Right after Thanksgiving, everyone at the mines would start getting into the Christmas spirit. Even though we knew it was a month away, we couldn’t wait for the days off to spend with our families. Some of us would bring in ornaments to hang on our equipment, and on some sections, someone would bring a cheap set of Christmas lights to hang around the power center. It seemed like all we’d ever talk about was giving our kids a good Christmas, and those who were lucky enough to still have a few vacation days kept bragging on and on about how they were going to use them to extend their holiday.
A week before Christmas the company would put together a huge dinner for each shift coming out of the mines. While we ate, the mine foremen would hand out “gifts” smeared with the company logo. Every year we’d get the same things, a belt buckle, a baseball cap—some years a flashlight if we were lucky. They’d also give us a frozen turkey or ham to take home until they figured it was cheaper to hand out $25 Wal-Mart gift cards. With all the catered food and cheap gifts we received, I still felt the best gift the company gave us was turning a blind eye to the underground dinners we’d have as a crew.
The days of coal crews shutting down to eat dinner together are long gone at most mines. Now each man takes lunch when he gets the chance. For the continuous miner operators and buggy men who kept the coal running, the boss or someone else would relieve them just long enough to get a quick bite and then they’d jump right back on their equipment. In today’s mines, production doesn’t stop unless something breaks down.
That’s what made the underground dinners so special. During the last week leading up to Christmas, most crews would have an underground potluck. Everyone would bring in their dishes from home, pile them in the back of the man trip, and haul them underground. Once on the section, someone would take all the food to the power center.
For those who aren’t familiar with mining terms, a power center is a huge rectangular box about 10 feet across, 20 feet long, and 3 feet high. It houses the electrical transformers, power connections, and electrical breakers for all of the mining equipment on each working section. The metal lids over the transformers get scorching hot, making it the best place to heat food underground, especially when it’s an entire Christmas dinner.
Since the law states that all power centers must be located in the fresh air supply to the work area, the smell of hot food would spread all the way across to section. The wait for lunchtime was always unbearable. After working four or five hours into the shift, the boss would shut the section down and everyone would pile up on the man trip. Someone would say grace and then we’d dig in. Afterwards, the boss would hand out gifts to each of us and then we’d shoot the breeze or sleep for half an hour. When it came time to go back to work, it was everything we could do to rouse ourselves out of our food comas. Fortunately, the boss felt the same way we did and would cut us a bit of slack over the rest of the shift.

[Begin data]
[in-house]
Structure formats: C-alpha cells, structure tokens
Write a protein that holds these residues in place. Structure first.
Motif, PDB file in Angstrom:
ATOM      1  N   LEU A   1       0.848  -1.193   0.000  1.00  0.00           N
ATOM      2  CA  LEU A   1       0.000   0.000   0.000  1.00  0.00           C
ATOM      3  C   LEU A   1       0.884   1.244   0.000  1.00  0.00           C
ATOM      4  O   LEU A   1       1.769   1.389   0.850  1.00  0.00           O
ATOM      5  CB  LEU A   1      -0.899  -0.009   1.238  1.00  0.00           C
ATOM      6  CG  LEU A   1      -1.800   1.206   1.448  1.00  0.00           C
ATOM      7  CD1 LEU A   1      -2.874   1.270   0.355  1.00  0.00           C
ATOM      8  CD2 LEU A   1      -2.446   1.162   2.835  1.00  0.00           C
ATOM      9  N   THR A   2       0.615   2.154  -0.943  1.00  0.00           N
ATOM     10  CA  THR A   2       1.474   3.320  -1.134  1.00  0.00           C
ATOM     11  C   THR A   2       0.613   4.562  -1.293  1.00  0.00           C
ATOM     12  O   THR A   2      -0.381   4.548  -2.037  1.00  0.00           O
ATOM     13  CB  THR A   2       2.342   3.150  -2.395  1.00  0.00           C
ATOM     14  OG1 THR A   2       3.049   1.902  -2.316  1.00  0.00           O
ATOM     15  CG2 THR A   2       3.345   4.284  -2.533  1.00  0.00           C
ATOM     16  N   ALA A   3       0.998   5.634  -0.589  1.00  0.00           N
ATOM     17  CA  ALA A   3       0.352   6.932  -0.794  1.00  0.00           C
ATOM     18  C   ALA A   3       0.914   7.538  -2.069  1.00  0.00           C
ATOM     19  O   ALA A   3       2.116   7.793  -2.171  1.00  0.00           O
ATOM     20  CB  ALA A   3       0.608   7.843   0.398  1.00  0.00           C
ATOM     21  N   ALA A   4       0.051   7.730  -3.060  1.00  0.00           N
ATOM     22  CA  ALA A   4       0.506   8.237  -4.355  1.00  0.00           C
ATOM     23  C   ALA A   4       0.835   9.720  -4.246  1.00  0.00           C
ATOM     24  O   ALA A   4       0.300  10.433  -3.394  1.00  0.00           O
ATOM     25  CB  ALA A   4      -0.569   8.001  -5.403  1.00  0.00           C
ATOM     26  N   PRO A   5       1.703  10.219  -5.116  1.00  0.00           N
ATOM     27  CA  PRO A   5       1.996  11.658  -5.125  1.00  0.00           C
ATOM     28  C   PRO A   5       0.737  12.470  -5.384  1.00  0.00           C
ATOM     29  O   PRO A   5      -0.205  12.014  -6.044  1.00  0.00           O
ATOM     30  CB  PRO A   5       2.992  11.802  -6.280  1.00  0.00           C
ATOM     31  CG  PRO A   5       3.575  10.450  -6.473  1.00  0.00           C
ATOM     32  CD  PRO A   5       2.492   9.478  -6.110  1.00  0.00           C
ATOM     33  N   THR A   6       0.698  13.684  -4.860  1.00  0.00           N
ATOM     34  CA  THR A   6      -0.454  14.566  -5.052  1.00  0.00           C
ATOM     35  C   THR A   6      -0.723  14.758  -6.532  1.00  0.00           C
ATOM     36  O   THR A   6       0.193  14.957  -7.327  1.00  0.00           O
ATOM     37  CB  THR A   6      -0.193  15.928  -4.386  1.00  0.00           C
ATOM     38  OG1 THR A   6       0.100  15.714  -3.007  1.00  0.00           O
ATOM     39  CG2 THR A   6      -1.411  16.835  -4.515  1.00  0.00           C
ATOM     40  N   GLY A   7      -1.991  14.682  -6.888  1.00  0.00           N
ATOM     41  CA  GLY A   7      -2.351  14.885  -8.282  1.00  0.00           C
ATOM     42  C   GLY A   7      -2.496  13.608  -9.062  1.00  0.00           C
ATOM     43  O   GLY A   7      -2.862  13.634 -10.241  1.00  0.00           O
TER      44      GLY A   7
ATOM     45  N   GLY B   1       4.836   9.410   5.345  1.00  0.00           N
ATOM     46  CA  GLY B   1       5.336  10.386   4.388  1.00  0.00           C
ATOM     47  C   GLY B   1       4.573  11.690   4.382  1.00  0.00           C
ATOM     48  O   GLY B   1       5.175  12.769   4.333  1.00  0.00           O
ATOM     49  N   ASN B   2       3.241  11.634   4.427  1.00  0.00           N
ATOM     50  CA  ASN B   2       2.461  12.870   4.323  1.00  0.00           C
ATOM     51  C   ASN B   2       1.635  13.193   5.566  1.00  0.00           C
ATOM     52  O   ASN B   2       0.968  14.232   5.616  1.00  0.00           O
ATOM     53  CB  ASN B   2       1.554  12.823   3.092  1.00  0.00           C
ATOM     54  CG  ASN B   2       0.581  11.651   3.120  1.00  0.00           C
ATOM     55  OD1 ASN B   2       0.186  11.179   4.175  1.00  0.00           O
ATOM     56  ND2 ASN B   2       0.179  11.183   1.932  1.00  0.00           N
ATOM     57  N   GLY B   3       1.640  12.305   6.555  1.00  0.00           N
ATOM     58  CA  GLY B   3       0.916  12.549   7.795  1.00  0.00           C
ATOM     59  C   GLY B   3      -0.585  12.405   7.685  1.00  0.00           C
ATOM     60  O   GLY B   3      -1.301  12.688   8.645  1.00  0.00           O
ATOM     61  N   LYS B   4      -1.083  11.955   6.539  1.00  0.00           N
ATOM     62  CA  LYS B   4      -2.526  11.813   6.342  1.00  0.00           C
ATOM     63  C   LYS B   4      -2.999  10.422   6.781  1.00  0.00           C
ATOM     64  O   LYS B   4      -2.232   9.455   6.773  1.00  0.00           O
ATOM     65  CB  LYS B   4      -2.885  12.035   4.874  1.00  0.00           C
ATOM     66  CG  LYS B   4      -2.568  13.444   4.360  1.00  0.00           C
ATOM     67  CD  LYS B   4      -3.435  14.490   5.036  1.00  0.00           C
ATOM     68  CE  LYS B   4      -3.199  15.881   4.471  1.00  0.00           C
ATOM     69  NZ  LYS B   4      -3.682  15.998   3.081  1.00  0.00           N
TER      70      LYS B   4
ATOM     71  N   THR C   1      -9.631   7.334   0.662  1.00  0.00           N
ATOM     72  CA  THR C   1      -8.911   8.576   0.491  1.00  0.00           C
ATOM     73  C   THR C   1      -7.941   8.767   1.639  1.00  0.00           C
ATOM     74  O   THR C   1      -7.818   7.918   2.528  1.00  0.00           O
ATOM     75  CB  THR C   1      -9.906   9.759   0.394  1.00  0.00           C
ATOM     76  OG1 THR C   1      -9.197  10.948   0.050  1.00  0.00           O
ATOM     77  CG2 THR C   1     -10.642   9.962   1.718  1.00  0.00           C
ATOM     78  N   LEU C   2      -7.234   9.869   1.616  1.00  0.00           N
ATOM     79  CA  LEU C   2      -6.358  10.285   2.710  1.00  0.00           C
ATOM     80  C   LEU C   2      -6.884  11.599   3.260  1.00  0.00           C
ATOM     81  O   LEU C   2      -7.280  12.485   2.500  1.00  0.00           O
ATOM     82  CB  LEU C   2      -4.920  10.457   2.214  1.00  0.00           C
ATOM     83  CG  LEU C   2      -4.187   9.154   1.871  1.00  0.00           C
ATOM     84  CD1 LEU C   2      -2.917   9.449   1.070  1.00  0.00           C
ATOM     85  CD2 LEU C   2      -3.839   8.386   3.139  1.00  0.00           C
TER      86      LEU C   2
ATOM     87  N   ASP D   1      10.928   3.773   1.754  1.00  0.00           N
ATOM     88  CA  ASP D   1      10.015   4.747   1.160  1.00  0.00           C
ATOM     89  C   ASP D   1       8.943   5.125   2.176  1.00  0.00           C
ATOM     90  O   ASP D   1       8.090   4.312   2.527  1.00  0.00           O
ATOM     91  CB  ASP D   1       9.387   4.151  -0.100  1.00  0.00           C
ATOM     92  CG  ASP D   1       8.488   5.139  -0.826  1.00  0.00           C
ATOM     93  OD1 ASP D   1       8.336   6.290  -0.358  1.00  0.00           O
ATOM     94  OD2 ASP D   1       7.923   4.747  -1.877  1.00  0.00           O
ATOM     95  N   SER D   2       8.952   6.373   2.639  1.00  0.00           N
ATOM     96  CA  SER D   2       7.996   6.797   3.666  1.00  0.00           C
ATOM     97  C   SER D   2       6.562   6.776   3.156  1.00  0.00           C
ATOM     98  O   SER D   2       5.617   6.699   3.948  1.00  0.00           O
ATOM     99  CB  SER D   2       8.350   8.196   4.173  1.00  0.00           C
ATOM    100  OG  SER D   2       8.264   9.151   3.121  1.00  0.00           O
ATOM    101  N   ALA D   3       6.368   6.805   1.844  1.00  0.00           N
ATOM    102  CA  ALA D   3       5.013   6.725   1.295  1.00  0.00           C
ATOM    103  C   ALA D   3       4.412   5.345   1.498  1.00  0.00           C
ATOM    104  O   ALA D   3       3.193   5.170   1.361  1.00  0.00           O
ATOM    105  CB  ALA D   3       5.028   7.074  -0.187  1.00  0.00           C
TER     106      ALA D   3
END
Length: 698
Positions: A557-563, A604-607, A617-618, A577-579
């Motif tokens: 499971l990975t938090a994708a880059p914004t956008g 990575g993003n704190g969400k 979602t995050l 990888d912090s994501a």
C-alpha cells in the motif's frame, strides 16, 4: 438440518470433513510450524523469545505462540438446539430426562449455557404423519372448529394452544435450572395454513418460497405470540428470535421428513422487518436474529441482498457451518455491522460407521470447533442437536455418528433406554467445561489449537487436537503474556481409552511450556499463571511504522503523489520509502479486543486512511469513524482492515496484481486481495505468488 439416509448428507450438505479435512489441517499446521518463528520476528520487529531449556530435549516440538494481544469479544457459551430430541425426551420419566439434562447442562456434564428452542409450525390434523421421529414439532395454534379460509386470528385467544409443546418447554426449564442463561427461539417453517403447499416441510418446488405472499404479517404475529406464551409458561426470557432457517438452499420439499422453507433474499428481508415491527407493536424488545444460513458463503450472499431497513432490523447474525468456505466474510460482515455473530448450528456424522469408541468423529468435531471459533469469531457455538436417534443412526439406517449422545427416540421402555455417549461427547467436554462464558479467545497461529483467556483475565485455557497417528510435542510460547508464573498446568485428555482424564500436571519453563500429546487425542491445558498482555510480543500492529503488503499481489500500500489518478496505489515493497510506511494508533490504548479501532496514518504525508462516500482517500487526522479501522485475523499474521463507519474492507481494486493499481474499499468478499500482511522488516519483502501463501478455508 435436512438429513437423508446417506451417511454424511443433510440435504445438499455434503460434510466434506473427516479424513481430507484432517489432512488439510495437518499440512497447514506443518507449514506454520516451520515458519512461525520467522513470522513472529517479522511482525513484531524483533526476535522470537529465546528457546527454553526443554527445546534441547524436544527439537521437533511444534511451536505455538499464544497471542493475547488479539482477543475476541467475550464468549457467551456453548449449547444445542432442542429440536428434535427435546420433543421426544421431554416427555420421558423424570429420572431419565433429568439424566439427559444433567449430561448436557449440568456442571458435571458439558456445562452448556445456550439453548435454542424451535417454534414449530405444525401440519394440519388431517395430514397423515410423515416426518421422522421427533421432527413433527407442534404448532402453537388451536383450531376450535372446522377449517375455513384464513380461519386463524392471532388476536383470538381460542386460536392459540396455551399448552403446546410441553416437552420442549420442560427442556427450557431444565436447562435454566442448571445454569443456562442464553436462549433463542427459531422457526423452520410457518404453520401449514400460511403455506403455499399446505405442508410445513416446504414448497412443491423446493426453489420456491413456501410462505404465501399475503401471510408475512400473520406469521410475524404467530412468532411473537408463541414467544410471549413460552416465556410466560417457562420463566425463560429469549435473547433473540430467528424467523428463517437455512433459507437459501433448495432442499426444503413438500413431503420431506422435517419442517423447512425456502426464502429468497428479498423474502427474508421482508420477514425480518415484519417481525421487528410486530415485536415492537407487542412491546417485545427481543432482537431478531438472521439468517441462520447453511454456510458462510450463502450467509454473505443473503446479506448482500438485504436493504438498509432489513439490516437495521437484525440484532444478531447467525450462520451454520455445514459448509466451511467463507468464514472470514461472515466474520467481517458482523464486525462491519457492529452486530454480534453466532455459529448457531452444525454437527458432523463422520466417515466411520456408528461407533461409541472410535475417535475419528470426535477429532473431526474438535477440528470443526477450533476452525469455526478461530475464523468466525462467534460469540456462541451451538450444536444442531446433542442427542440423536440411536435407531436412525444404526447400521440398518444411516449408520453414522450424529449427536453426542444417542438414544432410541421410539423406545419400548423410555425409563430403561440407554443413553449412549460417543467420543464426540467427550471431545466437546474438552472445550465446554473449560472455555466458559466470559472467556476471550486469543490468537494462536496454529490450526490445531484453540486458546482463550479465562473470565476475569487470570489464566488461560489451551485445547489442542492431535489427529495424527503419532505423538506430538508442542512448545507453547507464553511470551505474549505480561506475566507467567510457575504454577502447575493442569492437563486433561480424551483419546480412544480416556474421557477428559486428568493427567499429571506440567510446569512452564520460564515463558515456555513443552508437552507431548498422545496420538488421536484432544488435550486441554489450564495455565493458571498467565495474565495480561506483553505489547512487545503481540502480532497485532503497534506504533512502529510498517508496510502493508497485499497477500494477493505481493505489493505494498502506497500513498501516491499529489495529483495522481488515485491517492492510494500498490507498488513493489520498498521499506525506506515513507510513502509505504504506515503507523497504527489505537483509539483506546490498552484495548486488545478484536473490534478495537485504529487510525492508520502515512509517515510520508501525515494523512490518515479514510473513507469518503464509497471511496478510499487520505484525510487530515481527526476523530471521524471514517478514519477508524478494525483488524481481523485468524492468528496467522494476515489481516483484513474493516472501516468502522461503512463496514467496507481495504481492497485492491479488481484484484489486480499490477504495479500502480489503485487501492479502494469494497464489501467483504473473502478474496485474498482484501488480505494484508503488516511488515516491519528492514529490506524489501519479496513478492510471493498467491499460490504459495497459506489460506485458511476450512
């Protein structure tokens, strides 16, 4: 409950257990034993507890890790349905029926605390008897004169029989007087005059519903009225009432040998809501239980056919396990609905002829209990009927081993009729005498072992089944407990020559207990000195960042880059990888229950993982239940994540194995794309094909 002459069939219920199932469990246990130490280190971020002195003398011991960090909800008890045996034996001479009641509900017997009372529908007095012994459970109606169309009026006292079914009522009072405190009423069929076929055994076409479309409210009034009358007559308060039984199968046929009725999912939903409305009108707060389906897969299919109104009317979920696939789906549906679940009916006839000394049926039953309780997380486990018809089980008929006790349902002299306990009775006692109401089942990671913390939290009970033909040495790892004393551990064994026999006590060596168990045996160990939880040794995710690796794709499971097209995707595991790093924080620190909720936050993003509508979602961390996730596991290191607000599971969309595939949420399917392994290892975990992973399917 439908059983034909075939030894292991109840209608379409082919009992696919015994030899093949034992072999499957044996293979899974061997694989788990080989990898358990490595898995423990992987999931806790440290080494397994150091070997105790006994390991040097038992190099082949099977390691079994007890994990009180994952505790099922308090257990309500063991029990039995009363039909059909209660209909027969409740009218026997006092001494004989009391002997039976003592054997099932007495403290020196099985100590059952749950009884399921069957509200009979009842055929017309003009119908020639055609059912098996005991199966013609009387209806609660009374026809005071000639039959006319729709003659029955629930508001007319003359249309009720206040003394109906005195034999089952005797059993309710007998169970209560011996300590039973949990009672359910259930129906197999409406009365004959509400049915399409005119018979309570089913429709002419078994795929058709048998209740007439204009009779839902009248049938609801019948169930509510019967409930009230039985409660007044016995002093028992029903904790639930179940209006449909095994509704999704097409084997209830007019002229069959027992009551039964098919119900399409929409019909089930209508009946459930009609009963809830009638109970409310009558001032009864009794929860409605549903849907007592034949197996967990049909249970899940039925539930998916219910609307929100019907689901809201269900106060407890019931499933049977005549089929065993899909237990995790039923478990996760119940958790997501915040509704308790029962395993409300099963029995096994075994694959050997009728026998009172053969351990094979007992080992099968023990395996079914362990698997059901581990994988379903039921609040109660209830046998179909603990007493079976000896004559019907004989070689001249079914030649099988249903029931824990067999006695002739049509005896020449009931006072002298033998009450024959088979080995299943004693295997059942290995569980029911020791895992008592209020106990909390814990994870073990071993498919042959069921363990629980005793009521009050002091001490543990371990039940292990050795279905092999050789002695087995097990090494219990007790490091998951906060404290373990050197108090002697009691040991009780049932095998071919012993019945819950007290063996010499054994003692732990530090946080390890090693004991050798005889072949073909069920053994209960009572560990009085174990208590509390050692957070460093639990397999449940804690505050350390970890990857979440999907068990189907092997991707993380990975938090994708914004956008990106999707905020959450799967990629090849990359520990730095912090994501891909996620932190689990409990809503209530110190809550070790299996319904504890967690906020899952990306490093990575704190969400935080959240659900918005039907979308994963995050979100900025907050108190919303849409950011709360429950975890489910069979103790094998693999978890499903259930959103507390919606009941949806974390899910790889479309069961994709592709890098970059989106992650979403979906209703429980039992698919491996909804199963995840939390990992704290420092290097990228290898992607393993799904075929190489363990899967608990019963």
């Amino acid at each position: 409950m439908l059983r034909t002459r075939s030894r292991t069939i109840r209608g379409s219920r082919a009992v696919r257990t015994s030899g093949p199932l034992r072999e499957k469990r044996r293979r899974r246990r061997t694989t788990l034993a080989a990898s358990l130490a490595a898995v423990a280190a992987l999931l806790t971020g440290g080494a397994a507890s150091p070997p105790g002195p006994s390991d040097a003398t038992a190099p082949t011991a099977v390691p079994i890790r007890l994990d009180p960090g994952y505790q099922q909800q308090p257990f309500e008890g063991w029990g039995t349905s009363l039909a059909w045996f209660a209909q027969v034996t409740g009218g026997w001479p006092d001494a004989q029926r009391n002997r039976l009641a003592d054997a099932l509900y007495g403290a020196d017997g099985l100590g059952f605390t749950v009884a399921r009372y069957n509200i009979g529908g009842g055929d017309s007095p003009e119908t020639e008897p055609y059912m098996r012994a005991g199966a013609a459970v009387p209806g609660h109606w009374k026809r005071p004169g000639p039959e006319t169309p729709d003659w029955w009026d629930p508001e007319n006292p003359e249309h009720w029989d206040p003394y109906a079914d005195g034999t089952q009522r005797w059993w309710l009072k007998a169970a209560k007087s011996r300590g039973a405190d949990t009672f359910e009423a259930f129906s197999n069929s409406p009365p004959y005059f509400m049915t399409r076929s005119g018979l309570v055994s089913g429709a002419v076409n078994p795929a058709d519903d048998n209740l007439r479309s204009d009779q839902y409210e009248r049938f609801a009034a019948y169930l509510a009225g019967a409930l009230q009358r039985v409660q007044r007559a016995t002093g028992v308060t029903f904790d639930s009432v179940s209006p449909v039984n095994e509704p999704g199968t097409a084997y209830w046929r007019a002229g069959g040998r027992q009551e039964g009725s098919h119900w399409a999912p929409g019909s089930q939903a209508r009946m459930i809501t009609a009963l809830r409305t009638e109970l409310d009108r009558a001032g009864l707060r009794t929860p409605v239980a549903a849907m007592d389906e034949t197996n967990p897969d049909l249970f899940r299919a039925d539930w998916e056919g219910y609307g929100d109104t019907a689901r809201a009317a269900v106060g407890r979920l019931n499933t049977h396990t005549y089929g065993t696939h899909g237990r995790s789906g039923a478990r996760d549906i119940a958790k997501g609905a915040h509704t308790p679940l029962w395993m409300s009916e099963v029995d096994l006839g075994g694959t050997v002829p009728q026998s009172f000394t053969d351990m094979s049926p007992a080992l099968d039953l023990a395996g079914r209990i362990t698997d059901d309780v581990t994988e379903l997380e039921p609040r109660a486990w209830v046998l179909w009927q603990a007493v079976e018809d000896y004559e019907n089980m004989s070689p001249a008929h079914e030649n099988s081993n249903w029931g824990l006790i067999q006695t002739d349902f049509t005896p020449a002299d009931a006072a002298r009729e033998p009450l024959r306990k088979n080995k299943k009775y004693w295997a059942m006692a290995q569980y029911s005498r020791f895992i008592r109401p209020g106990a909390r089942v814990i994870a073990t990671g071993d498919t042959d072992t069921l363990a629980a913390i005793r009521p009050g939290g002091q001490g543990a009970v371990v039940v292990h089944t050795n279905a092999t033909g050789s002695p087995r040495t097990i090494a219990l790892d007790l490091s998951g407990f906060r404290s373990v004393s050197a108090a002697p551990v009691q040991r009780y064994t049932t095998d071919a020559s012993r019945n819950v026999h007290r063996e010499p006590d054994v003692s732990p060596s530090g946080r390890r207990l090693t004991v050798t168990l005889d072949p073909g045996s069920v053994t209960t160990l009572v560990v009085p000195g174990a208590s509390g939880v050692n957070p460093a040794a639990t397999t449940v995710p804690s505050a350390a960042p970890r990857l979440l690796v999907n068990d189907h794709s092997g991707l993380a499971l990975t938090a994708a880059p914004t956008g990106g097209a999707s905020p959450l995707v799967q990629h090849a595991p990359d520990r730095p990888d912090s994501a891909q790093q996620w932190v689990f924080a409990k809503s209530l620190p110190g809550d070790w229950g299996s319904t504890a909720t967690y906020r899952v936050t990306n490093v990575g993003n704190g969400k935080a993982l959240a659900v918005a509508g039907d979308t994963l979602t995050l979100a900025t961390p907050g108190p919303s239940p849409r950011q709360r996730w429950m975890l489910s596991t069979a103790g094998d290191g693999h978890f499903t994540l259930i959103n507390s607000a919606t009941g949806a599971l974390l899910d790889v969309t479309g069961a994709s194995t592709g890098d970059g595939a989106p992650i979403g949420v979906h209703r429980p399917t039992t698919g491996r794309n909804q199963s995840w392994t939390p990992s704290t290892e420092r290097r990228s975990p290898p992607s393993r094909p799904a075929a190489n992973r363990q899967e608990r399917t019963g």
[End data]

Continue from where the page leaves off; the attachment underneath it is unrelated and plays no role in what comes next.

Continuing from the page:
In the final days leading up to our holiday vacation, it seemed like all of us had a lot more love in our hearts. Even the people we couldn’t stand were wished a Merry Christmas.
There was just something special about that time—that spirit that seemed to bring us all together, even in the worst conditions.
Merry Christmas everyone.
I wrote this post because it symbolizes one of the few good things to come out of the mines….that sense of family and community we once held among ourselves.
I was deeply saddened to find out from someone who commented below, that some companies have gotten rid of this tradition.
This isn’t the Appalachia I was raised in and it hurts me to no end to see what’s become of us as we give up everything to fight for the last remaining coal jobs. These companies have us right where they want us. We need to fight for something better for our kids, something I don’t think any coal company will ever give them.